Afghan President’s Departure Paves Path Of Power For Taliban Leader Mullah Abdul Ghani Baradar

(Photo by BANARAS KHAN/AFP via Getty Images)

Kevin Tober Contributor
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Afghanistan’s president appears to have relinquished power to the Taliban after fleeing the country, providing a pathway for Taliban leader Mullah Abdul Ghani Baradar.

Born in Uruzgan province in 1968 Baradar was a member of the Afghan mujahideen “freedom fighters” in the 1980s during the battle over control of Afghanistan with the Soviet Union. After the Soviets were driven from Afghanistan, the power vacuum led to civil war between different factions.

Baradar went to Kandahar in 1992 to form the Taliban with one of his war commanders and alleged brother-in-law, Mohammad Omar. In 1996, the Taliban took power in Afghanistan. While Mullah Omar was the leader of the Taliban, Baradar was considered an effective military strategist, and was the architect of the Taliban’s rise to power. In 2001, when the Taliban was ousted from Afghanistan, Baradar acted as the deputy minister of defense.

After the Taliban’s ouster, Baradar was viewed by diplomats in the West, including the U.S. as a key player in the Quetta Shura, which was an organization formed by ousted leaders of the Taliban.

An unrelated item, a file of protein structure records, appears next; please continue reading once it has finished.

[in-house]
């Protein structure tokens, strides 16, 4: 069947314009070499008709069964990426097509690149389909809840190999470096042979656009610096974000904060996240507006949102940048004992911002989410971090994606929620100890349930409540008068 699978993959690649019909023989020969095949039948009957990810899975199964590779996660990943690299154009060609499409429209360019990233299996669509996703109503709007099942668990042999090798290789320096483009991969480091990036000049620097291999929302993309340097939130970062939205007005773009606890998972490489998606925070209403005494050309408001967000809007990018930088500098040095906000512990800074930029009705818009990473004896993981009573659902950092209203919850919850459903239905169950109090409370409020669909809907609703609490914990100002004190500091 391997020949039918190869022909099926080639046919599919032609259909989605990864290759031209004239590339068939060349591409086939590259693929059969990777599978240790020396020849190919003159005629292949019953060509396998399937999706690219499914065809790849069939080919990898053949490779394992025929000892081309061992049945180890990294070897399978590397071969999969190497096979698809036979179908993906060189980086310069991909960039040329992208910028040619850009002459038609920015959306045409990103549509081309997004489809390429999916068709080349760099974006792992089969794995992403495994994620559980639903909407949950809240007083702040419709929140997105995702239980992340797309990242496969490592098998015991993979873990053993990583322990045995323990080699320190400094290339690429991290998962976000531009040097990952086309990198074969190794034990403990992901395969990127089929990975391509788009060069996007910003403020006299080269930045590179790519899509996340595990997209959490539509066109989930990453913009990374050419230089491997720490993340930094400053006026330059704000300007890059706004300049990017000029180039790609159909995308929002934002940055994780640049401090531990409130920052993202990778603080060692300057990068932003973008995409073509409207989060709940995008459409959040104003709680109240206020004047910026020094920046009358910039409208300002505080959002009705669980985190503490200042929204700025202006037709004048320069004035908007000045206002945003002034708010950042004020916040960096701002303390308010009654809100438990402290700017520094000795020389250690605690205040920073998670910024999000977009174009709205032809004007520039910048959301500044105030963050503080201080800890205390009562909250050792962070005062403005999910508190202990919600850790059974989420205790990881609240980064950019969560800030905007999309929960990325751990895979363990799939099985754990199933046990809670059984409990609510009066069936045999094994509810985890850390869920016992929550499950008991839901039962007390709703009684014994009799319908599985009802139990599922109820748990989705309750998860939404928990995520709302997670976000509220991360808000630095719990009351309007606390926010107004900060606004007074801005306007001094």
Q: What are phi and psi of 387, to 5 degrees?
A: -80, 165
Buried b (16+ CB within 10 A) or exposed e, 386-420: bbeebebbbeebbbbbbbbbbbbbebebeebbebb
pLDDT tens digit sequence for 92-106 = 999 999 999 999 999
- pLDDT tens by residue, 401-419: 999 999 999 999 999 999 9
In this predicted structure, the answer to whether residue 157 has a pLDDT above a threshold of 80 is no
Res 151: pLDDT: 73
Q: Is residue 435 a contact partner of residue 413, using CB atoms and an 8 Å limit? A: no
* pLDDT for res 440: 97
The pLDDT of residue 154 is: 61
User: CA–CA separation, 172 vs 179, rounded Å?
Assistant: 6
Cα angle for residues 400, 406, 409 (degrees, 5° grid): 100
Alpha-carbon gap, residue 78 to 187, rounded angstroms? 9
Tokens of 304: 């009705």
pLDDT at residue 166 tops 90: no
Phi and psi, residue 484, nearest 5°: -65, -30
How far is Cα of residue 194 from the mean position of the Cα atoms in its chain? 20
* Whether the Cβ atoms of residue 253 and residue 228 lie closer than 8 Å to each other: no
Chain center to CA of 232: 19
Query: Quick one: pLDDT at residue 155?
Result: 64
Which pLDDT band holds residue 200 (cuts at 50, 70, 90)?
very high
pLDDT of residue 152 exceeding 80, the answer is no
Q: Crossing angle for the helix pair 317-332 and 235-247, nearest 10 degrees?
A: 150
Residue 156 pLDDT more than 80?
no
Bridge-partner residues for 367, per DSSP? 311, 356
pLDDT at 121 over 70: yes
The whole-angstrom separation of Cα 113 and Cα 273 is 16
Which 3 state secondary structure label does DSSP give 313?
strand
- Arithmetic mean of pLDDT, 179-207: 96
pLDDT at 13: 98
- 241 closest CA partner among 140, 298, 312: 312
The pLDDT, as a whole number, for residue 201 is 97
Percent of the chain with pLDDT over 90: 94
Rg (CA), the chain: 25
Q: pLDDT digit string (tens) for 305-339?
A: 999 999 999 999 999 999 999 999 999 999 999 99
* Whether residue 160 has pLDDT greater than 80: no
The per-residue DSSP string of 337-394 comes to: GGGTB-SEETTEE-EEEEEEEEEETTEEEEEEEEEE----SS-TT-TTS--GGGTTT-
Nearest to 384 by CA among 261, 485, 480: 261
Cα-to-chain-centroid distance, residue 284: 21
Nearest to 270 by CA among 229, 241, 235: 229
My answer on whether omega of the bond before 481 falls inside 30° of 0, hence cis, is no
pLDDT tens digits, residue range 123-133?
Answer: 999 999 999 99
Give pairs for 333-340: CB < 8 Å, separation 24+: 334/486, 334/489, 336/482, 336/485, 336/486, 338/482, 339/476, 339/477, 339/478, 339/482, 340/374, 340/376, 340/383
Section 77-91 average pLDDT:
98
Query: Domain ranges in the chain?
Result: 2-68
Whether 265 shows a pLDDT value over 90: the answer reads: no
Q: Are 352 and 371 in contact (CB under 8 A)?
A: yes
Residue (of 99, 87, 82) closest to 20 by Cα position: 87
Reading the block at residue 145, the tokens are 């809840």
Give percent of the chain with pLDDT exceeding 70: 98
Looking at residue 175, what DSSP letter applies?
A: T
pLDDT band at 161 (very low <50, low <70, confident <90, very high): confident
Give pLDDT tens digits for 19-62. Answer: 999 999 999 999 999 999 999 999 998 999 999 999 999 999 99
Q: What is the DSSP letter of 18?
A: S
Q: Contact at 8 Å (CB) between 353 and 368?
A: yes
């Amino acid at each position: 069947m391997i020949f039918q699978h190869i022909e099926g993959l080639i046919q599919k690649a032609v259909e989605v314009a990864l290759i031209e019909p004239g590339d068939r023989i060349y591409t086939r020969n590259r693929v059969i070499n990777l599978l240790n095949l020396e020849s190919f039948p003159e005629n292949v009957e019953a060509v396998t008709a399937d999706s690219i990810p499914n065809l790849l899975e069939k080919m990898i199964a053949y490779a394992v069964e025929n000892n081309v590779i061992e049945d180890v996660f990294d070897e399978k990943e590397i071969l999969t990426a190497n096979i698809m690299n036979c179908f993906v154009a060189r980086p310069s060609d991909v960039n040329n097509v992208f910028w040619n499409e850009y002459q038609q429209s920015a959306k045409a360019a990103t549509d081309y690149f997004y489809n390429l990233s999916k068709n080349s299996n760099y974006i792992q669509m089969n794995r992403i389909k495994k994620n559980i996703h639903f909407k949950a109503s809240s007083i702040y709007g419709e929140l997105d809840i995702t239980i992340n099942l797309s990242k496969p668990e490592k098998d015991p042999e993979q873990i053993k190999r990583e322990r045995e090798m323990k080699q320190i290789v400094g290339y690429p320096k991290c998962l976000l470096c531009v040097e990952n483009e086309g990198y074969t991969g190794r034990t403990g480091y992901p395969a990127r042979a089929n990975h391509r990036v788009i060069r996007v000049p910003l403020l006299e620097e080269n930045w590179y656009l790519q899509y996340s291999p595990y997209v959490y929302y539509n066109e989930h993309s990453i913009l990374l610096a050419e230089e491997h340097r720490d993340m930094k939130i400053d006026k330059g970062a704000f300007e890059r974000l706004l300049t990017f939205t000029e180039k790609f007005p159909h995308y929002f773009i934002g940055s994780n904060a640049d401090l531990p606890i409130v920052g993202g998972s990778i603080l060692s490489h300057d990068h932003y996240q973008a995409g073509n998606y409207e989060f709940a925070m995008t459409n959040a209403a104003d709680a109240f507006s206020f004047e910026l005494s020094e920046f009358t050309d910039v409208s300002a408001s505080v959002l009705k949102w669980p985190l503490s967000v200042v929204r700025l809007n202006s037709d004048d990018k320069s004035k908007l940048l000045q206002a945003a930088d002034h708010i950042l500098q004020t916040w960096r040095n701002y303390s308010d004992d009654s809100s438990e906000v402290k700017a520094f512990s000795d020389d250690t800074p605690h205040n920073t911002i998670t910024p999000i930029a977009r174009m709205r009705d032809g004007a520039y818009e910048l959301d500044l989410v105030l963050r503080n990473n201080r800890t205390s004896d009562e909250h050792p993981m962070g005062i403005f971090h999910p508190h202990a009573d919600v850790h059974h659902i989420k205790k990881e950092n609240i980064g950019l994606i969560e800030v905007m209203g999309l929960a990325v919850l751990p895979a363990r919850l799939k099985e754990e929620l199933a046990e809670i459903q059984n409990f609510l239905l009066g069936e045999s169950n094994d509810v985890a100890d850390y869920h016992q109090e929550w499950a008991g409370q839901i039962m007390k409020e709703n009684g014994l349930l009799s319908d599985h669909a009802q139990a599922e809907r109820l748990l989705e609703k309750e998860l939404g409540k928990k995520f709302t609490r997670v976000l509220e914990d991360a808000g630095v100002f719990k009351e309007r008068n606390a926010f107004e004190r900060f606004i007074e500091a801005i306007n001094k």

The Obama administration feared his effective use of military tactics and strategy during his ouster from power. Baradar was captured in 2010 during a raid on a madrassa near Karachi by Pakistan’s ISI intelligence service. By 2018, the Trump administration’s Afghan envoy Zalmay Khalilzad requested the Pakistan government to release him so that he could help negotiate with the Qatar government, as well as a power-sharing agreement with the U.S. in Afghanistan.

Former president Ashraf Ghani joined thousands of his fellow citizens in leaving the war-torn country in order to avoid the Taliban.

Ghani’s departure opens the door for the Taliban’s takeover; in the meantime Ail Ahmad Jalali, a former U.S. academic leads the interim Afghan government.

The Taliban has since invaded the capital, and an official associated with the organization said that they would be making an announcement from the presidential palace of the creation of the Islamic Emirate of Afghanistan, which was the name of the country under Taliban rule prior to their ouster by U.S. led forces in the aftermath of 9/11.

Despite the Taliban promising that the transition of power would be peaceful, the U.S. Embassy has suspended operations and has issued a warning to Americans in the country to shelter in place, and not to travel to the airport. Commercial flights have been suspended after reports of gunfire at the airport, according to two senior U.S. military officials who spoke to The Associated Press on the condition of anonymity. (RELATED: Taliban Reaches Kabul, Reportedly Plan To Declare ‘Islamic Emirate Of Afghanistan’)

Despite the rapidly deteriorating situation, U.S. Secretary of State Antony Blinken rejected comparisons to the U.S.’ withdrawal from Vietnam, in the aftermath of military helicopters landing in the Kabul embassy to rescue diplomats to safety.